Inventing the Global South
100-level undergraduate course. Bucknell 2021, 2023.
When once we spoke of First and Third Worlds, today we speak of Global North and South. How did we come to divide the world this way? And who are "we"? This course traces the political, economic, and intellectual history of the Global South so that we can better understand our globalized present. Over the course of our 500-year journey, you will be introduced to methods and theories central to the humanities today. We start in the 16th century to explore the roots of capitalism in Europe’s colonization of the Americas and the Atlantic slave trade. The emergent globe-spanning empires ruled vast swaths of humanity for the benefit of the few, until 19th- and 20th-century national liberation struggles managed to decolonize Africa, Asia and Latin America. These postcolonial societies birthed rich new art forms, militant world views, and, in the 20th-century, a phalanx of solidarity against the neocolonial ambitions of Cold War powers. Decolonization certainly revolutionized geopolitics, but today we must continue the work of decolonizing our minds. In doing so, we will look to knowledges and practices authored in the Global South that by looking beyond Western development models may in fact guide all of us toward ecological justice and a sustainable future.
(Image: Participating states in the Badung Conference (1954).)
Critique of Creativity
300-level undergraduate course. Bucknell 2024..
The spread of generative artificial intelligence promises to radically change the future of work by encroaching on the creative capacity that has come to define the human. This seminar peeks into that near future by tracing the history of creativity from the figures of divine creator and artistic genius to the creative destruction and creative classes of capitalist innovation and, finally, the creative economies—ranging from coops to communes—that seek to realize visions of radically alternative futures. Through this history of the concept, we will evaluate the relationship between cultural and economic values in order to understand culture’s role in capitalism and gain critical insight into the uses and abuses of creativity today.
(Image: Brainstorming at RAND Corporation, 1960. Leonard McCombe / LIFE Picture Archive)
Making Modern Worlds
100-level undergraduate course. Bucknell 2022, 2024
Is there a God? Who is human? What is science? Where does value come from? These are but a few of the questions that frame the cultural formation we call modernity. From the ashes of the Black Plague, social upheavals and chance discoveries in Europe set in motion the combined processes of fragmentation, secularization, and rationalization that produced the nation-state, the scientific method, and an explosion of the arts. At the same time, European modernity was built on the subjugation of women through witch-hunting, forced reproductivity, and the invention of domestic space; the oppression of racialized others through colonialism, evangelism, and capitalism; and the domination of nature by science and technology. Students in this course will discover modernity through the history of its key concepts, social formations, and cultural expressions including primary sources such as Bartolomé de las Casas’s Destruction of the Indies (1542), René Descartes's Discourse on Method (1647), and Aime Césaire’s decolonial rewriting (1969) of William Shakespeare’s The Tempest (1610).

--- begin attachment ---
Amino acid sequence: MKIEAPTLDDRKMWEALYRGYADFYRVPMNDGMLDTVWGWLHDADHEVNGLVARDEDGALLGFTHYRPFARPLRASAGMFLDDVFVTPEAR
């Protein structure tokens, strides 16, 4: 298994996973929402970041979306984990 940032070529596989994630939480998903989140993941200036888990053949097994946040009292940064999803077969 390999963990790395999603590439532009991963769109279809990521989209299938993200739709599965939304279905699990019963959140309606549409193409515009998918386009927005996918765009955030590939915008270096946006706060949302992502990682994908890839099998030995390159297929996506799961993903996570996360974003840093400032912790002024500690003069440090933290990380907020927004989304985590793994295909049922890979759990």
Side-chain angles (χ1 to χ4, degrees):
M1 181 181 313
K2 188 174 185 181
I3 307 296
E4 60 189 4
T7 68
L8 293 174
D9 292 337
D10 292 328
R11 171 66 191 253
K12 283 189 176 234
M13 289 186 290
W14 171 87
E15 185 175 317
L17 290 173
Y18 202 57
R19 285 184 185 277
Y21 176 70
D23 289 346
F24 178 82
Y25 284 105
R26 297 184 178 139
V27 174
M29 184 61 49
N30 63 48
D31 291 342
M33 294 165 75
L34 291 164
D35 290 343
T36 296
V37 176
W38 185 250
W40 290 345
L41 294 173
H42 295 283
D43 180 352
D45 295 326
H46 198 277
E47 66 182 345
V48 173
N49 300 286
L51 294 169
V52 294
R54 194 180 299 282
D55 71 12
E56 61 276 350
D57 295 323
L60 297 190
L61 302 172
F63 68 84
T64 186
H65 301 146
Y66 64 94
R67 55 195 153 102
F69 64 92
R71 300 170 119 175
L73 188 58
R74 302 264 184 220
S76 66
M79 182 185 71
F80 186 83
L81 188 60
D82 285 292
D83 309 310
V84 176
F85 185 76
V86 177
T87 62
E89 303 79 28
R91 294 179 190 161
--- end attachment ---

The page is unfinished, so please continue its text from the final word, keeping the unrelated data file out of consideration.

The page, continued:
(Image: Albrecht Dürer. Man Drawing a Lute (1525).)
Modernisms and Crisis
200-level undergraduate course. Bucknell 2021, 2022.
This seminar explores the pervasive sense in modern culture that fundamental shifts in cultural patterns and paradigms have occurred, changing our relationship with tradition, the physical world, and the ways we think and feel about ourselves and others. This sense of cultural instability has threatened some and liberated others. We will trace the development and contestation of modernity and modernisms through an interdisciplinary corpus of texts—from philosophy, literature, psychology, film, art, and other fields—that reflect or address cultural change in the long twentieth century
This team-taught, interdisciplinary "Integrated Perspectives" course will stage the crises of Western modernity by drawing out the dialogues and contradictions among this tradition and its racialized, gendered, and colonized others. Each unit will feature guest lectures by visiting speakers. Primary assignments include frequent writing assignments and a final project.
(Image: Constructing the Ministry Buildings in Brasília. Soucre: Styliane Philipou, Oscar Niemeyer: Curves of Irreverence (New Haven: Yale University Press, 2008).
Latin American Landscapes
in Literature, Visual Art, and Film
100-level undergraduate course taught at Bucknell University, Spring 2019, and Haverford College, Fall 2019.
The purported discovery of the Americas and ensuing encounter between Indigenous and Western cultures is a watershed moment in world history. It midwifed the birth of colonialism, capitalism, and the modern era. It also marks a revolution in the Western concept and representation of the world. Since then, the manipulation, construction, and conception of natural and built environments has been key to the self-understanding of the hybrid societies that have taken root here.